Chalatenango continues to be a stronghold of the former guerrilla-turned-political party. But despite political loyalties to the party, there’s also deep discontentment here. Inez tells me that in this canton of Las Minas where we’re having a cup of ice cream on a cool mountain evening, “100% of us are with the FMLN.” When I ask her what the FMLN has done for her and the people of Las Minas, she admits, “muy poco. But the previous governments had done nothing. At least this government comes through and you get a little bag of corn and a bag of fertilizer,” she says.

A bag of corn and a bag of sh--, I think. Even the Venezuelans are getting more by supporting the Bolivarians than FMLN supporters in El Salvador. But then again, El Salvador isn’t a petro-state.

Inez, like most of the people here in Chalatenango came back to the region from exile as refugees in 1992 with the peace accords. Her son, Carlos, has been deeply involved in community and political work. But along with everyone else, he’s pretty upset with the internal process of the FMLN. I ask him about how well the party has transitioned from a Marxist-Leninist guerrilla organization to a political party promising democracy.
“Not very well at all,” he says. “The party picks its favorite, like it did in the recent primaries for National Assembly members. And even if one of the others running for the National Assembly wins, the party gives the victory to its favorite.”

“The last primaries we had 265 [FMLN] party members vote for deputies,” he continued, “and when they complained about the process the FMLN expelled 260 of them. In other words, the party should be increasing its membership, but instead it’s expelling members.”

The authoritarianism is a growing concern here in El Salvador, as are the increasingly tense relations of the FMLN with other branches of government. When the Supreme Court or the auditor’s office raises questions about the FMLN’s use of public funds, says William Alfaro, the FMLN attacks them as “right wingers.” Certainly, they might well be qualified as “right wing,” but it ignores the real question of whether or not the ruling is correct and whether it is in the long-term interests of the Salvadoran people.

“There’s an increasing sense of populist politics here,” Alfaro says,” and I think we’re about two years away from becoming another Venezuela. Everyone’s disgusted with the FMLN, especially younger people, but most people are too afraid to say so. They fear being called ‘right wingers’ or ‘traitors’ for criticizing the FMLN and so, really, at this point they just want to leave the country.”

Why does all this sound so familiar to me? Probably because the FMLN has not only been a constant bedfellow of the “Bolivarian Revolution,” and in debt to it for the petro-dollars that come its way, but it has, to a great degree, attempted to emulate all things “Bolivarian.” FMLN President Salvador Sánchez Cerén holds Venezuelan “socialism” up as a model and Telesur is the station of choice for FMLN supporters. As El Salvador faces presidential elections in 2018 that most people watching are convinced the FMLN can no longer win, many are concerned that openly and obviously fraudulent elections, like the July 30th election for the ANC in Venezuela, might become the new norm in El Salvador, starting next year. By then the FMLN will doubtlessly have renamed the pandilleros “colectivos” and found new work for them defending the “Revolution” just like Maduro has done in Venezuela with his paramilitary colectivos.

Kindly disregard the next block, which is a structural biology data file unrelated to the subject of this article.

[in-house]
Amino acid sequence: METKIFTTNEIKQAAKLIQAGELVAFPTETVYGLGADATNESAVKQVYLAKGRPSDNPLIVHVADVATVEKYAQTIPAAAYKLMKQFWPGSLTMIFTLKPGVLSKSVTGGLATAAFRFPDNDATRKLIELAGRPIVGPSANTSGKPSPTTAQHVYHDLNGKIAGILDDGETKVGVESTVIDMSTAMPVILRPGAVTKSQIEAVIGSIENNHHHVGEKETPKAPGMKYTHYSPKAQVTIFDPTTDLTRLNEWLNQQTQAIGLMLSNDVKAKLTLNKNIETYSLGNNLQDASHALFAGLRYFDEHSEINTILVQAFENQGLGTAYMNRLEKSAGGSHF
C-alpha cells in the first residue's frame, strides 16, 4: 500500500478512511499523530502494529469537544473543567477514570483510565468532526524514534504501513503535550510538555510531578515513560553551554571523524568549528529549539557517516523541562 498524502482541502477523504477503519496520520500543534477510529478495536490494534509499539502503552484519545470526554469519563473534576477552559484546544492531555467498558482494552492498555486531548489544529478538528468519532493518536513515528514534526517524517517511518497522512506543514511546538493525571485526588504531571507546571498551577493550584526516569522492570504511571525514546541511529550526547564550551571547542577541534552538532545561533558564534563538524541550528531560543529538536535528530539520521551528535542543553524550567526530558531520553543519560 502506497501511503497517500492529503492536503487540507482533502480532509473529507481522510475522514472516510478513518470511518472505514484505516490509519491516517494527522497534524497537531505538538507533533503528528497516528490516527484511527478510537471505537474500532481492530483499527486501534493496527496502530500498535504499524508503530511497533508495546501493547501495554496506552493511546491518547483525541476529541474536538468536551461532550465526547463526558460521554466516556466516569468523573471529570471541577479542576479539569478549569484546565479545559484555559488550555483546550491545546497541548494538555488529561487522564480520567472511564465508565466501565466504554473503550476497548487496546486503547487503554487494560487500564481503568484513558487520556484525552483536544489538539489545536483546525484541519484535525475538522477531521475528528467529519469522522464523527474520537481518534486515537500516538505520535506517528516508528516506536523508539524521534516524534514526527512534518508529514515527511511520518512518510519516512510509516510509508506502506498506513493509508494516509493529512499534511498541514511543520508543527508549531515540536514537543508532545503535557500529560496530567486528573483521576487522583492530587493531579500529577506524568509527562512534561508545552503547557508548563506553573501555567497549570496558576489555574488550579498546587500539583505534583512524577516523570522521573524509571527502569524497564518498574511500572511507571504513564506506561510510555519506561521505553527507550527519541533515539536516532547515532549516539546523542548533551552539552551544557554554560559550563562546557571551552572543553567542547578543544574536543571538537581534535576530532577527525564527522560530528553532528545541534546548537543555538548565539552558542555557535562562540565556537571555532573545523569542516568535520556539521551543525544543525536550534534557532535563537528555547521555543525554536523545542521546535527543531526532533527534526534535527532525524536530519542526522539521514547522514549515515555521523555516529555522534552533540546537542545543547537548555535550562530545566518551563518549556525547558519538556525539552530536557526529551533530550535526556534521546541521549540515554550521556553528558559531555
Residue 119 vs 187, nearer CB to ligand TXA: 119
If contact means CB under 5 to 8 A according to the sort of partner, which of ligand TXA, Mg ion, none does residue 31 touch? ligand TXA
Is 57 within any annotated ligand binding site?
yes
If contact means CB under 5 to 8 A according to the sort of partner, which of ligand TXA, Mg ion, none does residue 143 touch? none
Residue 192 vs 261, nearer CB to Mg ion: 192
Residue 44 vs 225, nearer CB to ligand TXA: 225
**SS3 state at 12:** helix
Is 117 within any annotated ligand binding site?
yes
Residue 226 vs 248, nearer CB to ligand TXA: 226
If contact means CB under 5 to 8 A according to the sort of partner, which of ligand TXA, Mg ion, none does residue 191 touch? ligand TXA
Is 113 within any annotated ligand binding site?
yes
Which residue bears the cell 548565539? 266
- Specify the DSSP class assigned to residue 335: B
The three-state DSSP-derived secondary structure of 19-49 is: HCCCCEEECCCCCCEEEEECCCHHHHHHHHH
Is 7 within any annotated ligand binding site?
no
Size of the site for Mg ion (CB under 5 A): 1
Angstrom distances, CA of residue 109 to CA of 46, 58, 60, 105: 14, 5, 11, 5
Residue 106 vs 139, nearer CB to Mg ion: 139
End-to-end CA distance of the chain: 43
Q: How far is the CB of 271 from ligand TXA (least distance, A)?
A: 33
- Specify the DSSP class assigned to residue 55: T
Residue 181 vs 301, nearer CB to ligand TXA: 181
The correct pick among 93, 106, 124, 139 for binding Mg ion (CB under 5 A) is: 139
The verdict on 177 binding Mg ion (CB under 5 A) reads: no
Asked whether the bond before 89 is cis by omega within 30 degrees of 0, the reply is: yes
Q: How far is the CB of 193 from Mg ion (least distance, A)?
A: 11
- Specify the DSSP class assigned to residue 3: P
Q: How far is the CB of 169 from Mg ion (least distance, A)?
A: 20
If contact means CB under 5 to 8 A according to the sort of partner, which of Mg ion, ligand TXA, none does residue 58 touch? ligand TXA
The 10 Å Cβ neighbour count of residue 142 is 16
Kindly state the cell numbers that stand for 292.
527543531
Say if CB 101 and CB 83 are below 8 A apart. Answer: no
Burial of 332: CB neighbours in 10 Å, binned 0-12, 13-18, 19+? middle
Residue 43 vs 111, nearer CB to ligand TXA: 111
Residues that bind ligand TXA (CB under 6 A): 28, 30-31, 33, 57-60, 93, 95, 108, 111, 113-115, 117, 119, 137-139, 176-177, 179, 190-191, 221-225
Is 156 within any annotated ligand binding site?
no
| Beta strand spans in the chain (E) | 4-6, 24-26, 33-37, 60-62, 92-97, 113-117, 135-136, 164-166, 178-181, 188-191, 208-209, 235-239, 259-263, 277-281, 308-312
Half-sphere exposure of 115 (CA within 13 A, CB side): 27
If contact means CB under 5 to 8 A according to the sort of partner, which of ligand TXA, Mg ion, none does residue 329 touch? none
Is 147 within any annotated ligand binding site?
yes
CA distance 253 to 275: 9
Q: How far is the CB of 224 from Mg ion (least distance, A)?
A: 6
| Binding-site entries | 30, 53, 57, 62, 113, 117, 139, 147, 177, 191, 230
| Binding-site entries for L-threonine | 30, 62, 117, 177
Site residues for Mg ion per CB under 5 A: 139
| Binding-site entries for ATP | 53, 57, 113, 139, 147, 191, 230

Where does all this leave the social movements? The answer to that depends on the focus of the social movements themselves. In Las Minas, Carlos and many others have come to realize that, as he said to me, “Leftist parties, when they come to power, automatically become far-right wing.” Jose, who was sitting nearby, added, “and they come to power and leave the people abandoned.” Carlos, Jose and others who have passed through the civil war that took over 80,000 lives in the 1980s, and who have returned to Chalatenango to take up their lives again, are rebuilding the autonomous power they lost when the guerrilla vanguard interposed itself between them and a blood-thirsty right-wing government. Those were complicated times, as we who lived through them, and bore witness to them, know. But in this new century the social movements are coming into their own and recognizing their abandonment by both the left and the right. Working with NGOs and any international solidarity organizations willing to help out, Las Minas is bringing in its own water from some 8 kilometers away. On Sunday, August 13 a shipment of used clothes gathered in the US were to arrive and community activists will be selling them cheaply to local residents in an attempt to raise money for the waterlines. None of this has any support from the FMLN.

If there’s any place to look for a living left, especially in Latin America, it’s not to be found in the governments of the Pink Tide that characterize themselves as “socialists of the 21st century.” One by one these “radical” governments are collapsing or turning into what at present are somewhat milder forms of the totalitarian dictatorships of the socialism of the 20th century. In the case of Venezuela the Bolivarians are increasingly resembling fascists like Benito Mussolini, who also started out as a socialist.

Those movements that have hitched their wagons to these "progressive" governments will no doubt go down with them. For the rest, the great challenge will be to maintain independence, autonomy and integrity as they continue their struggles, and they will continue their struggles. Dark as the situation is, they really have no other options.